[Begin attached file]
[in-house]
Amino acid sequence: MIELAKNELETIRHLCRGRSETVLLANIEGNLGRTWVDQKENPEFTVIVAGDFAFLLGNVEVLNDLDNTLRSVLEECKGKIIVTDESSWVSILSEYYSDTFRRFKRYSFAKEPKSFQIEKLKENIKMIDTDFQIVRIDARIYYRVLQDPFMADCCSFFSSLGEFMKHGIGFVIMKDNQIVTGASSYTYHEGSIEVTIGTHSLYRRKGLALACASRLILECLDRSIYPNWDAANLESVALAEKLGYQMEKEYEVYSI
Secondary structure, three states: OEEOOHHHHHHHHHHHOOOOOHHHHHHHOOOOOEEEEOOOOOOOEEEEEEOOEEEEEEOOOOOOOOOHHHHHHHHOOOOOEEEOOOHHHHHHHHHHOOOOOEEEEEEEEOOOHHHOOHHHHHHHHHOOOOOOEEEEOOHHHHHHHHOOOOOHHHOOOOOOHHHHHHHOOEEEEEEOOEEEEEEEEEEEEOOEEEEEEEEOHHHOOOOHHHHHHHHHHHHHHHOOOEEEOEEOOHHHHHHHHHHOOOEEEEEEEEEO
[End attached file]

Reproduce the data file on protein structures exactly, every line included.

[in-house]
Amino acid sequence: MIELAKNELETIRHLCRGRSETVLLANIEGNLGRTWVDQKENPEFTVIVAGDFAFLLGNVEVLNDLDNTLRSVLEECKGKIIVTDESSWVSILSEYYSDTFRRFKRYSFAKEPKSFQIEKLKENIKMIDTDFQIVRIDARIYYRVLQDPFMADCCSFFSSLGEFMKHGIGFVIMKDNQIVTGASSYTYHEGSIEVTIGTHSLYRRKGLALACASRLILECLDRSIYPNWDAANLESVALAEKLGYQMEKEYEVYSI
Secondary structure, three states: OEEOOHHHHHHHHHHHOOOOOHHHHHHHOOOOOEEEEOOOOOOOEEEEEEOOEEEEEEOOOOOOOOOHHHHHHHHOOOOOEEEOOOHHHHHHHHHHOOOOOEEEEEEEEOOOHHHOOHHHHHHHHHOOOOOOEEEEOOHHHHHHHHOOOOOHHHOOOOOOHHHHHHHOOEEEEEEOOEEEEEEEEEEEEOOEEEEEEEEOHHHOOOOHHHHHHHHHHHHHHHOOOEEEOEEOOHHHHHHHHHHOOOEEEEEEEEEO